Have you seen the recent headlines on mining? From the U.K. to Australia, the Biden administration has announced up to 15 new ‘critical’ mineral trade agreements and partnerships, doing everything to boost a range of economies but not our own. Partnering with allies is important, but domestic mining should be our first priority, not a second thought. Einstein was quoted as saying, “We cannot solve our problems with the same thinking that created them.” This philosophy holds true that to meet growing mineral demands, we can’t expect to position ourselves for long-term success with short-term remedies.
It’s one thing to understand the facts – how our reliance on imported commodities makes us vulnerable to geopolitical challenges and supply chain disruptions. It’s another thing entirely to recognize the decades of anti-mining policies that got us into this predicament in the first place.
The White House recognizes that we’re not even in the conversation when it comes to countries positioned to deliver increased electrification. The Chinese government has been implementing its “Made in China 2025” strategy for years, now controlling the global supply of rare earth elements, lithium and other battery metals. Nearly every other Western ally – aside from the U.S. – has quickly pivoted to set up their own domestic mining operations. Yet, the U.S. lags behind without a comprehensive mineral strategy or a plan to invigorate its domestic mining industry.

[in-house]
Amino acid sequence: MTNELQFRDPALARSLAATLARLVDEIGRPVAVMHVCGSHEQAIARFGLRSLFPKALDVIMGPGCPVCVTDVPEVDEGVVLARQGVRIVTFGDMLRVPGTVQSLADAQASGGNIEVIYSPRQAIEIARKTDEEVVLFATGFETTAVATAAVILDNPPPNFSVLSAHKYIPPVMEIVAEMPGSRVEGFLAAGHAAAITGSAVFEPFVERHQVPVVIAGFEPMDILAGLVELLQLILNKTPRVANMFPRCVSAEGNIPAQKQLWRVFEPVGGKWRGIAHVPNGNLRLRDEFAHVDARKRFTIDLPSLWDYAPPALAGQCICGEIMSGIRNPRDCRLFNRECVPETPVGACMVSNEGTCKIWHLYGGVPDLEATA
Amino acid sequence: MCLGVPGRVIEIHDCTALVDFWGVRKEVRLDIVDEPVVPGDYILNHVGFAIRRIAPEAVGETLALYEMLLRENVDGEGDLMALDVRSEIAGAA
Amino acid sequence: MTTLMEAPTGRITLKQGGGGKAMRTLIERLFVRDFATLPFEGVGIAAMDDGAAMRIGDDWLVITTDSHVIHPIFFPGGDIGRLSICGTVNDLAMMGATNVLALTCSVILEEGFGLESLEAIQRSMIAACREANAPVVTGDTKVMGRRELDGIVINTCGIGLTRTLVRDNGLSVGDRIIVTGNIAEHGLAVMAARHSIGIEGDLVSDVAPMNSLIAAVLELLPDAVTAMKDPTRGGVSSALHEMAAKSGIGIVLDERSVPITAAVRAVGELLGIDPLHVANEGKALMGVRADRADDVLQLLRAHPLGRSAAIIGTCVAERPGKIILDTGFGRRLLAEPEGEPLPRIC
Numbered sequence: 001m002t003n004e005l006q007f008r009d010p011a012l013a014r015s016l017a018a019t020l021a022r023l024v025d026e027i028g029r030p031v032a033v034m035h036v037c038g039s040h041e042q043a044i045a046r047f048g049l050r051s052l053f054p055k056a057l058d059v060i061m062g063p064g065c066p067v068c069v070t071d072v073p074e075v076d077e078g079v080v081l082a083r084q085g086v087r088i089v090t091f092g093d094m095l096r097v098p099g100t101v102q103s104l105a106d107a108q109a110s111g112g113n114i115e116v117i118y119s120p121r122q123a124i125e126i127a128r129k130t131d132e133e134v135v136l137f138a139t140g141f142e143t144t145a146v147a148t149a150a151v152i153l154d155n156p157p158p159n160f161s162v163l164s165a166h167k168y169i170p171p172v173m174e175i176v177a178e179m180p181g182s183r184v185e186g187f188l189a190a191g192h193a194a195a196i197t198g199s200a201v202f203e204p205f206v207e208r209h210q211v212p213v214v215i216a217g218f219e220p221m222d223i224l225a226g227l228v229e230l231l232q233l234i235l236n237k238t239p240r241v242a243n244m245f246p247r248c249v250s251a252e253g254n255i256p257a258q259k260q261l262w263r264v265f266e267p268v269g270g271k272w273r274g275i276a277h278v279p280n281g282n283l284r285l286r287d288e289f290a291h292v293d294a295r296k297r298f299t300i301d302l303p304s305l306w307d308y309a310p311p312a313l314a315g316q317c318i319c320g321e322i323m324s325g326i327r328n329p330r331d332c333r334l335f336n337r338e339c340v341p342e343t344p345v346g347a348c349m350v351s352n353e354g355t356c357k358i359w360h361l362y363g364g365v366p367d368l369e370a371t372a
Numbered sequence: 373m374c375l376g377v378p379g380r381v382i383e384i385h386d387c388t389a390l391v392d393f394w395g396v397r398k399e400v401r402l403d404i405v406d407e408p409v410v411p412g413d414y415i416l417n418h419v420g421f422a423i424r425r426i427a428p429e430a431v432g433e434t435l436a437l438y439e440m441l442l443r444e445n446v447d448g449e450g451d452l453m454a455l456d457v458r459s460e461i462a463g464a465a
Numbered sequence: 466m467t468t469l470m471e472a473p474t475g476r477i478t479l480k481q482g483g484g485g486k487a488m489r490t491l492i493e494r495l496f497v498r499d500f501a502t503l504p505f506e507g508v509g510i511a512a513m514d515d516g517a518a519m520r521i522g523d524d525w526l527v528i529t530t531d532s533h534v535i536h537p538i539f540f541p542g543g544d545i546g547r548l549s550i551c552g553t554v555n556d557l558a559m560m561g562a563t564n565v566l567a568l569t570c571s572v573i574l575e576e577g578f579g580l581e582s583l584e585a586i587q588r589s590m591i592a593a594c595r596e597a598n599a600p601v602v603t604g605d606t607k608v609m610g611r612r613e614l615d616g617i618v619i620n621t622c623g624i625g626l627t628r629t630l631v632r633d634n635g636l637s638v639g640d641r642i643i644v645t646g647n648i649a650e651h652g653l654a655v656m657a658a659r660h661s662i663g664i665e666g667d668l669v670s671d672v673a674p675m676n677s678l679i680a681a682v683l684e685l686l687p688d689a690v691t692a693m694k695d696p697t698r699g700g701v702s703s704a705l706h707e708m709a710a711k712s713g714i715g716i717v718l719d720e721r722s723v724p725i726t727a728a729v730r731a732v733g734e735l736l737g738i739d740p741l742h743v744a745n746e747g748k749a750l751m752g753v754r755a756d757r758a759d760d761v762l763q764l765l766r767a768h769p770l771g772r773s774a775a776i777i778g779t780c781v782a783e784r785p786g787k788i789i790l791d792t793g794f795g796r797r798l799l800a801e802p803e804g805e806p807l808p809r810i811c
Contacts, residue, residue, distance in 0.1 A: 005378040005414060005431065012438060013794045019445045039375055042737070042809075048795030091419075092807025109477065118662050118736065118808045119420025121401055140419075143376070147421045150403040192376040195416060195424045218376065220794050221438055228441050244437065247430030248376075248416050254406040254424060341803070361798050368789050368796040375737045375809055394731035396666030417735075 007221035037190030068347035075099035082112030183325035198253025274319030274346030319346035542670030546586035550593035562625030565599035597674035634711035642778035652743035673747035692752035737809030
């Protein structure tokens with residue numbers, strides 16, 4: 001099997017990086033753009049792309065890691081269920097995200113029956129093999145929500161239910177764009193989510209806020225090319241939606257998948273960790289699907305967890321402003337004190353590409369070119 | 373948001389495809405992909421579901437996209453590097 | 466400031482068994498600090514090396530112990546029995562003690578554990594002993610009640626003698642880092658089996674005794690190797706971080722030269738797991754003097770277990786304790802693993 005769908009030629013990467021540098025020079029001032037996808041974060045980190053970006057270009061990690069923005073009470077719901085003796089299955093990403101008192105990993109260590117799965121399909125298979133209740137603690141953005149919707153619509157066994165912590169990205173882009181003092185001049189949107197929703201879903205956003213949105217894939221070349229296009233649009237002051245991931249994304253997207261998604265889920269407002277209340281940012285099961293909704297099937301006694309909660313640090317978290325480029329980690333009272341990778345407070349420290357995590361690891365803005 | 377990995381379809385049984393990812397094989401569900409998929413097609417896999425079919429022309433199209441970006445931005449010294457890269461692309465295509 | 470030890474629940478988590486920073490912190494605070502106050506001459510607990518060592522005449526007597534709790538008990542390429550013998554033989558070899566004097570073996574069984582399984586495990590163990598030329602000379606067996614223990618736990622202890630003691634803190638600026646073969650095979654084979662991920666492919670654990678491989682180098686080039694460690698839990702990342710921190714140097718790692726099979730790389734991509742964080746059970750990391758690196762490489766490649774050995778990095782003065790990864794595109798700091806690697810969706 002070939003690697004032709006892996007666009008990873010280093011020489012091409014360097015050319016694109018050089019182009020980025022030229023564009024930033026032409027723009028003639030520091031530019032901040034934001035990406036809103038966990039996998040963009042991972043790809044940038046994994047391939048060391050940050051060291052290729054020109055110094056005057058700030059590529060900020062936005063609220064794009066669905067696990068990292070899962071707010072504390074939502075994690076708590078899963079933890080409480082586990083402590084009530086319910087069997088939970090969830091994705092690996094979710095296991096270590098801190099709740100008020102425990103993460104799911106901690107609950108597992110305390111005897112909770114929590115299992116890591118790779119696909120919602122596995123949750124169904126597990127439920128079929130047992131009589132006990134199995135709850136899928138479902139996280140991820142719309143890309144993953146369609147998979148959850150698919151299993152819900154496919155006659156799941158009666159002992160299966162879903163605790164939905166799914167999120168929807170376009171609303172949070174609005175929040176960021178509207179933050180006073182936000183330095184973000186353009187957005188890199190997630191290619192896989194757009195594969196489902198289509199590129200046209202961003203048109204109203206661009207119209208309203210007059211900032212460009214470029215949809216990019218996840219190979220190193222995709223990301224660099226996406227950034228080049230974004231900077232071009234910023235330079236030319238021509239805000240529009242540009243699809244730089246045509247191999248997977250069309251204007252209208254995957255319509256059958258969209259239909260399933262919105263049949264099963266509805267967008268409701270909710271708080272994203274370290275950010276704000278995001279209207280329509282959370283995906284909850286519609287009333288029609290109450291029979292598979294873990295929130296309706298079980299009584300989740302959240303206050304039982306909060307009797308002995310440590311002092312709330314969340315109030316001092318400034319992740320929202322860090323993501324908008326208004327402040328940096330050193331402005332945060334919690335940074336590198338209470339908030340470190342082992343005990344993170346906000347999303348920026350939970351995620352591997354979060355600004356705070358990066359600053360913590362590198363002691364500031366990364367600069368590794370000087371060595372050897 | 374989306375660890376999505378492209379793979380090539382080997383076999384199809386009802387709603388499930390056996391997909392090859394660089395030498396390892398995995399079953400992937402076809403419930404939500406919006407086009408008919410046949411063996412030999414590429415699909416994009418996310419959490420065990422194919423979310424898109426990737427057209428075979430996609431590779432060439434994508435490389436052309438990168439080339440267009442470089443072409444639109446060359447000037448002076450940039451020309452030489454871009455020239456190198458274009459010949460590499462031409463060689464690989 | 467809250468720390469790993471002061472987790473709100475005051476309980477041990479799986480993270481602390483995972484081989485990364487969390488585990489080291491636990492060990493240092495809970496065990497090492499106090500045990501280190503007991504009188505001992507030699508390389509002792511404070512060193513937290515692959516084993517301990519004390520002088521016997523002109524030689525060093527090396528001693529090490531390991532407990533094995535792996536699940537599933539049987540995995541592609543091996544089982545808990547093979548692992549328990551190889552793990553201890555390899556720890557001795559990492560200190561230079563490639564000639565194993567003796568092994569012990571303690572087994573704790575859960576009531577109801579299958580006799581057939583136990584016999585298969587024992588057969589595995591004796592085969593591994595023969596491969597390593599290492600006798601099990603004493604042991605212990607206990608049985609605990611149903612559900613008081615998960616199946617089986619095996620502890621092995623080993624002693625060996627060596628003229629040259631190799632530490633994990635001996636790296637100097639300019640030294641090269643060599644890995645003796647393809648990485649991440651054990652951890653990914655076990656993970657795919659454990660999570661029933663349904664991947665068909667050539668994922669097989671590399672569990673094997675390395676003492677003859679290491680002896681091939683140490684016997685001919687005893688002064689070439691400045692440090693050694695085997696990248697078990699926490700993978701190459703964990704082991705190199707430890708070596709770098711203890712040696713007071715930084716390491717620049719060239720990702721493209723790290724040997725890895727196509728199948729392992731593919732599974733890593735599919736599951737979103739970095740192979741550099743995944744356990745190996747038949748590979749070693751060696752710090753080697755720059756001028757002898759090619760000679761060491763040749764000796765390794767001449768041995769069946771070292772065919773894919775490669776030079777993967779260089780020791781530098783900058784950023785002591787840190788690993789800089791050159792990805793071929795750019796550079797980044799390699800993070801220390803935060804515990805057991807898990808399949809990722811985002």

If this administration’s only action is to establish and fund more mineral import agreements and partnerships, then it’s a missed opportunity to advance our economy by investing in the jobs and expertise U.S. miners have to help us all achieve a better future. The minerals needed for advanced energy will come from somewhere, so we should be sourcing them domestically, where we know they will be mined in accordance with the world’s top environmental, labor and safety standards.
In June, President Biden signed the Fiscal Responsibility Act into law, advancing a bipartisan agreement to raise the debt ceiling that included modest and common-sense permitting reforms. While the permitting reforms signed into law are helpful, they are only one piece of a bureaucratic puzzle that must be solved. Congress can finish the work by passing a comprehensive permitting reform package comprised of bills already introduced – bills like The Building American Energy Security Act of 2023, the Spur Permitting of Underdeveloped Resources (SPUR) Act as well as the Revitalizing the Economy by Simplifying Timelines and Assuring Regulatory Transparency (RESTART) Act.
You can read more about these bills in our latest blog here.
NMA President and CEO